For what its worth, I have a friend who moved to the Skyway area from Fort Collins several years ago and his observation is that living in the SW part of Colorado Springs is FAR superior to life in Fort Collins, but he'd prefer Fort Collins to the "rest" of Colorado Springs.
Thanks for the information. Do you have zip codes for the skyway area?
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Old 08-24-2011, 07:37 PM
 
727 posts, read 1,136,442 times
Reputation: 766
My experience with a number of moves over a lot of years is that there are usually pretty good reasons why some neighborhoods are more expensive and therefore exact a premium than others. That's why I always try to provide some of the reasons I chose to live in my neighborhood (Old North End) when I recommend it to others in this forum. For us, the proximity to downtown and the college, the eclectic collection of older homes, the multitude of mature trees, the wide, quiet streets, and the more more moderate political attitudes, among other things, account for the 'premium' you pay to live here. It was worth it to us. My preferences will certainly differ from others. I've come to truly understand and appreciate the old maxim of real estate (location, location, location). I've lived in the exurbs to a major meto area, where i got a lot of house for my money, but also had traffic, long commutes, less desirable schools, etc. Result: less enjoyable experience. When I found and lived in highly desirable neighborhoods, I had to compromise either the size of the house for the money, or pay more for the privilege. In every case, the tradeoff was worth it. Bottom line, I've found that you usually get what you pay for.
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Old 08-24-2011, 09:41 PM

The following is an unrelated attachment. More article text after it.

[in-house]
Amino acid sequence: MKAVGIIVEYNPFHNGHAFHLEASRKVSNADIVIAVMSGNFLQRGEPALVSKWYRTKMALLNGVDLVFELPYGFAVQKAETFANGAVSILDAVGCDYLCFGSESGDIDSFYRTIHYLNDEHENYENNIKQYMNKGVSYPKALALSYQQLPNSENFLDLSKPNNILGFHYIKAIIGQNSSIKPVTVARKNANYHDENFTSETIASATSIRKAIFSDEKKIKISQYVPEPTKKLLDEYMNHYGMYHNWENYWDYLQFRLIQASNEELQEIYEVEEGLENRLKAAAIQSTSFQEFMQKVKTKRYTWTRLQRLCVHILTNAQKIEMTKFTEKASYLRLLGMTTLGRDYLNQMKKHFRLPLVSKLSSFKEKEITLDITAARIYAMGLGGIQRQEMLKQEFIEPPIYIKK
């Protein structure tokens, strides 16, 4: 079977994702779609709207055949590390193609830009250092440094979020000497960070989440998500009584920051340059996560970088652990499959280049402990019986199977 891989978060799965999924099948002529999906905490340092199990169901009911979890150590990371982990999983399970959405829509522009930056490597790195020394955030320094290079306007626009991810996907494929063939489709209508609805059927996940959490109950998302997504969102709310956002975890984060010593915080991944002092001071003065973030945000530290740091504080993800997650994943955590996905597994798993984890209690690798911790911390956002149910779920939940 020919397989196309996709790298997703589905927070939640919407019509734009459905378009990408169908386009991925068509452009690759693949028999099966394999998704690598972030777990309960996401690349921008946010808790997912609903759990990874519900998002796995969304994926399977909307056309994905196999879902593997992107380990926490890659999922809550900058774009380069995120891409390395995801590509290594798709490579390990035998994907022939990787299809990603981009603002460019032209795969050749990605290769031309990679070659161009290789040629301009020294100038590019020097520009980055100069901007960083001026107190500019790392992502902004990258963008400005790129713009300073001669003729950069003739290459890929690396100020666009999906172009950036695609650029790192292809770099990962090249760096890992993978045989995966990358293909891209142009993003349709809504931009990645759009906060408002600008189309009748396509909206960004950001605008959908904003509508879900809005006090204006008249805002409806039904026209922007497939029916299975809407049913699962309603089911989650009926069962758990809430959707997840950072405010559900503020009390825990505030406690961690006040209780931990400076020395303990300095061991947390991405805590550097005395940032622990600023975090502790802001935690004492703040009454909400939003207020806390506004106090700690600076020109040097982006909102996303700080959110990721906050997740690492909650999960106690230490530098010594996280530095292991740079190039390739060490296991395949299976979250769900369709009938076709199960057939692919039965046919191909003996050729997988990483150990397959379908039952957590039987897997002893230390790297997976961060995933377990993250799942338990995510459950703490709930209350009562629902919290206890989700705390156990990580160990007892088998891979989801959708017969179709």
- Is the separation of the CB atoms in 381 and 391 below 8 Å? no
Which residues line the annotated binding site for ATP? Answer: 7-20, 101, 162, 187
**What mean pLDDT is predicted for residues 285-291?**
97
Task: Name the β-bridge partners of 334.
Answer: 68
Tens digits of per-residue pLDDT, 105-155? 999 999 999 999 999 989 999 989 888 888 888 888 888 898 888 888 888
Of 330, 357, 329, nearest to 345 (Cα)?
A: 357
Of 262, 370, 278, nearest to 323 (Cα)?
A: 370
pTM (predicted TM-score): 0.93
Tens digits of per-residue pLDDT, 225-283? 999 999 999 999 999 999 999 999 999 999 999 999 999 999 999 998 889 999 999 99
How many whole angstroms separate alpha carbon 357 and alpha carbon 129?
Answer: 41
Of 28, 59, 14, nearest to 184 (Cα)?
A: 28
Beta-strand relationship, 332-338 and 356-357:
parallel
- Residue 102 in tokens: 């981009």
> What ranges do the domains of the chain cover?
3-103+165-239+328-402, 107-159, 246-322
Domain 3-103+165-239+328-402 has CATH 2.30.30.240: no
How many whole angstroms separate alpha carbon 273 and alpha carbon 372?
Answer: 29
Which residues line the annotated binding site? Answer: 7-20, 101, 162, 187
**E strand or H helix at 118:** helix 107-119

Location: Colorado Springs, Co
12 posts, read 21,900 times
Reputation: 13
Thanks Carrera32 and smdensbcs. I'm going to look more into skyway and old north end. I think I poked around skyway a little bit while I was there last, but not enough and I definitely missed old north end even though I stayed in old town the first time visiting.

Is it better to be in the flats or on the mountain with a view?
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Old 08-25-2011, 12:42 AM
 
727 posts, read 1,136,442 times
Reputation: 766
I enjoy being on the "flats" downtown and having a view of the mountains and the wonderful sunsets to the west. If you're in the foothills, your view is of the CS skyline (not that much there) and east to the plains. It really just boils down to personal preference. Take a ride up to Skyway and the other areas to the west of I-25 and then compare the view to that from downtown or Monument Valley Park to the west. You should also go up the hills at night, as the lights from the city are beautiful.
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Old 08-25-2011, 04:34 AM
 
16,438 posts, read 18,535,302 times
Reputation: 9490
Quote:
Originally Posted by DoubleIPA View Post
Thanks for the information. Do you have zip codes for the skyway area?
Also interested in the ZIP!
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Old 08-25-2011, 07:13 AM
 
71 posts, read 161,164 times
Reputation: 32
A Goggle search came up as 80906.
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Old 08-25-2011, 09:41 AM
 
Location: Colorado Springs, Co
12 posts, read 21,900 times
Reputation: 13
Quote:
Originally Posted by Bideshi View Post
Also interested in the ZIP!
If you go to realtor.com and you perform a search for Colorado Springs, you can then zoom in and see that area's of Skyway and Old North End.
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Old 08-25-2011, 01:39 PM
 
808 posts, read 1,177,541 times
Reputation: 2074
Quote:
Originally Posted by Carrera32 View Post